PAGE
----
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Washington Commanders

Commanders’ Sam Howell Made History as Starting QB



INDIANAPOLIS — The Washington Commanders are busy putting together a coaching staff that has a clear picture of the type of players they want and need at every position.


Which players currently participating at the NFL Scouting Combine fit those molds is up for debate and something the Commanders staff is busy sorting out themselves.


Even as the process moves forward, however, there are many individuals outside of Washington who believe the team has no choice but to address the quarterback position with the No. 2 pick in April’s NFL Draft.


After listening to coach Dan Quinn speak about what he’s looking for in a quarterback – toughness, accuracy, and play extendability – we started looking at Sam Howell through the lens of those three characteristics. Through that lens, a rather interesting question popped up.


While we know Howell through the ball at a rate most consider to be alarming, was it a historic pace? Was it unique in any way, or was it just another run-of-the-mill quarterback season?

Here’s what we found. 




Howell led the league with 21 interceptions thrown in 2023. He’s not the first first-year starter to do so, but he was the 142nd quarterback in the Super Bowl Era to throw at least that many in a single season.


Of them, Howell ranked seventh in pass attempts for the year with 612 of them and had the third-lowest interception percentage leading to those 21 turnovers. The only two with better interception percentages in this grouping are Drew Brees and Warren Moon.


Pretty solid company to be in for what many are considering a bad season.


Among the top seven in pass attempts the year he threw his 20+ interceptions only Howell was a first-year starter.


The 21 touchdown passes also put him in the top half of the 21-interception seasons in the Super Bowl Era.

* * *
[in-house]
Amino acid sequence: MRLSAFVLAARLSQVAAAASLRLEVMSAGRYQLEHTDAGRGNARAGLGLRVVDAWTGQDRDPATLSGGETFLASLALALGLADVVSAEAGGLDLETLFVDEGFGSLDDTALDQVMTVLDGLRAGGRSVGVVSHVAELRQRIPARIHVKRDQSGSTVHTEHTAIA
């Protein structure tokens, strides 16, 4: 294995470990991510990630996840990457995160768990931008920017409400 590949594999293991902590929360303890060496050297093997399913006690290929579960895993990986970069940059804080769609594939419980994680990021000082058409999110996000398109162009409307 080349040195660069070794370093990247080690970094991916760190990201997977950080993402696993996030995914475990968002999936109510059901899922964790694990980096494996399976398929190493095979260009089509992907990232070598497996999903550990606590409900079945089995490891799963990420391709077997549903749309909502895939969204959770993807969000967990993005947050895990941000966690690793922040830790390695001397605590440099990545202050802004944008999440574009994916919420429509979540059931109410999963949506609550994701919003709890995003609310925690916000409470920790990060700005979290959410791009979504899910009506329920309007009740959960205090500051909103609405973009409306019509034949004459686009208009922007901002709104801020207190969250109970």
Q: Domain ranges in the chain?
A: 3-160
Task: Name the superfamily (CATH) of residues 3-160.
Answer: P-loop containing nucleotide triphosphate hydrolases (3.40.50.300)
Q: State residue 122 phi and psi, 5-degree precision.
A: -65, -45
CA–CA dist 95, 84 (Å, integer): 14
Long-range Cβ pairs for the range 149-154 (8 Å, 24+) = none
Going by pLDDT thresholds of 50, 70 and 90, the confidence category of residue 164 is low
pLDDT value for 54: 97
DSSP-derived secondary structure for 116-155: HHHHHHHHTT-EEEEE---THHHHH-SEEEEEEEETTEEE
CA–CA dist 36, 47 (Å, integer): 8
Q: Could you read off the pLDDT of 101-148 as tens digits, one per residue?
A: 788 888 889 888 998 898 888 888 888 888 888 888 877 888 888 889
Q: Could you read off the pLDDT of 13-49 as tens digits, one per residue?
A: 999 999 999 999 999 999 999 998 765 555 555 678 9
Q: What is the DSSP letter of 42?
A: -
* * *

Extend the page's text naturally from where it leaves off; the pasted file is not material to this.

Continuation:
While 142 quarterbacks have thrown 21 or more interceptions only 55 have thrown 612 or more passes in a single season. And that’s not individual quarterbacks, that’s total quarterback seasons, so even with some of the most prolific passers in the game playing in a ‘passing era’ it’s extremely rare to see that many pass attempts from one man in a single season.


In fact, when you look at the other passers who have had that many pass attempts in a single season the list includes names like Matthew Stafford, Matt Ryan, Ben Roethlisberger, Peyton and Eli Manning, Patrick Mahomes, Rich Gannon, Joe Flacco, Brett Favre, Drew Brees, and Tom Brady. All Super Bowl contending quarterbacks, and none of them did it as a first-year starter.


The only other quarterback in the Super Bowl Era – according to Stathead – to have as many throws in his first year starting was Andrew Luck who did it as a rookie for the Indianapolis Colts in 2012.


Outside of Howell, only the quarterback many considered to be the most pro-ready prospect in NFL history had the burden of attempting 612 or more pass attempts his first year on the field.




When talking about Howell and the struggles he clearly dealt with during his first season as a starter that all led to a quite visible (even if imaginary) wall being hit, many bring up San Francisco 49ers quarterback Brock Purdy’s success as a contrast to the idea that too much was put on the Commanders’ young passer.


So we climbed deeper into the rabbit hole on this and looked at Purdy just a bit. Not to down-talk Purdy supporters, but to compare the situations both have been playing in.


In two seasons starting games for the 49ers Purdy’s career high for pass attempts in a single game is 37. Howell’s is 52.


Not only that, but Howell has had at least 37 pass attempts, Purdy’s career high thus far, in half of his 18 career starts.


Now, there are several factors that play into those numbers including playing with leads versus trailing, but the bottom line is Howell was asked to carry much more weight for his team than Purdy has in his year-plus starting for a Super Bowl contender.




It doesn’t mean that Howell is a sure-fire franchise quarterback and Washington should cease all searches for potential quarterback improvements.


But it does mean there is a very strong argument for those who believe simply too much was expected of a second-year quarterback the Commanders drafted in the fifth round the year prior.


Some will say it’s part of the job. What Howell signed up for.


Others will claim the coaching staff also signed up for the job, and theirs is to do what’s best for the team, which clearly was not having Howell throw 36 times per game in 2023. And that’s remembering he missed nearly a full game’s worth of snaps after being pulled from two.


From this data alone, we’d argue both crowds have a case, and it’s not nearly as clear-cut a situation as some would like it to be.


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